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Michelle Parkinson from Rushden says there's not enough known about her daughter's rare genetic condition, Ring 18.
14 year old Samantha Parkinson is just one of 23 people in the whole of Europe to suffer from the extremely rare chromosome disorder Ring 18. She has the mental age of a 2 year old, suffers from chronic heart disease, incontinence, vision problems, spinal and feet problems and has severe learning and behavioural disabilities.
The list of Samantha's related illnesses is likely to keep on growing but doctor's aren't able to predict them as so little is known about the condition.
Samantha's mum Michelle wants to raise enough money to fund a new research centre at Addenbrookes Hospital in Cambridge, where Samantha was diagnosed, so she can help other parent's whose children have Ring 18. She said:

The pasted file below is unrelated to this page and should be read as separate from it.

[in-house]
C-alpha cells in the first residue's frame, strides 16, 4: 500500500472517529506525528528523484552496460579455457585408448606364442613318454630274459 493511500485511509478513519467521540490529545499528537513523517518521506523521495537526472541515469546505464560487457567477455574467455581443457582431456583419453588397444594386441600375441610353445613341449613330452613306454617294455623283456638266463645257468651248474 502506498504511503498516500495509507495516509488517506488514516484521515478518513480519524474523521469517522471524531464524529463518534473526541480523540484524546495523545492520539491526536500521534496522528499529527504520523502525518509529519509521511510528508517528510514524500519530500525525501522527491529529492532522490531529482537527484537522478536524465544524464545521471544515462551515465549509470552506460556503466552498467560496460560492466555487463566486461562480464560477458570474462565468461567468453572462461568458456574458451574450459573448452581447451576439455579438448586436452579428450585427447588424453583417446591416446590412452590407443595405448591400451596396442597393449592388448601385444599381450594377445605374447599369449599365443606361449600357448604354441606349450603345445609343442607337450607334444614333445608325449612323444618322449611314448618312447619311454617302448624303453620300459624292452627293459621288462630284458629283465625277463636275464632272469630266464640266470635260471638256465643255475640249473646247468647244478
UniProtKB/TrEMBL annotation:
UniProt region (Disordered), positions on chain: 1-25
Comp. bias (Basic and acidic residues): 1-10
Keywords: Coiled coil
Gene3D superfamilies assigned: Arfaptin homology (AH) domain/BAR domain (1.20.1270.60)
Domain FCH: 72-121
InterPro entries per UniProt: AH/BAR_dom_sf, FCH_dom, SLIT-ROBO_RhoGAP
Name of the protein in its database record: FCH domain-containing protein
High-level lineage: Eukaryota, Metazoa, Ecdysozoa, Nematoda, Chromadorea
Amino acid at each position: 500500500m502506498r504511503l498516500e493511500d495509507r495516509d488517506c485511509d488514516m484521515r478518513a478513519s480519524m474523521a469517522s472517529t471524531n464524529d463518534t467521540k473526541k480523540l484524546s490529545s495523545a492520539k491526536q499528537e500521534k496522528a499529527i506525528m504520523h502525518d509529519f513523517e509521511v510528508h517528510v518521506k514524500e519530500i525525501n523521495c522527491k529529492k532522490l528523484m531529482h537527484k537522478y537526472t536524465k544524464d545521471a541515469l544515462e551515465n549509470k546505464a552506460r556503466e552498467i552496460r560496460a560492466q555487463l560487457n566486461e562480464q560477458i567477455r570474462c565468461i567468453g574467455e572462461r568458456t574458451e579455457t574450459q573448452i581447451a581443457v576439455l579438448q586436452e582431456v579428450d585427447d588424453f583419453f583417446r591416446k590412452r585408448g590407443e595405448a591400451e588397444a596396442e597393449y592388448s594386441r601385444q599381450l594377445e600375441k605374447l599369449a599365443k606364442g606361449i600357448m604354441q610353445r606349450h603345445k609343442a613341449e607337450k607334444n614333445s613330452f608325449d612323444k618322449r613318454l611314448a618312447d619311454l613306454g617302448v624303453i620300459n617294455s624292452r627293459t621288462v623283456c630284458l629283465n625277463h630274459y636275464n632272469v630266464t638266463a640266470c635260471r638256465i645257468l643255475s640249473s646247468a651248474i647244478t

"Even if we get part of a research centre, somebody's looking into it, so people can prepare themselves. Because we weren't prepared. I mean we had this beautiful little girl, that seemed perfect in everyway and then everything just got thrown at us, there was a new illness every day."
"It's been a real uphill struggle but if we do lose her through surgery or anything else I'll still keep going because there's other people out there who need to know. There's other people out there going through the same thing we are."
Michelle has also set up her own charity 'Children with chromosome ring 18' and works alongside the geneticists at Addenbrookes to offer support and information to other parent's whose children suffer from the condition.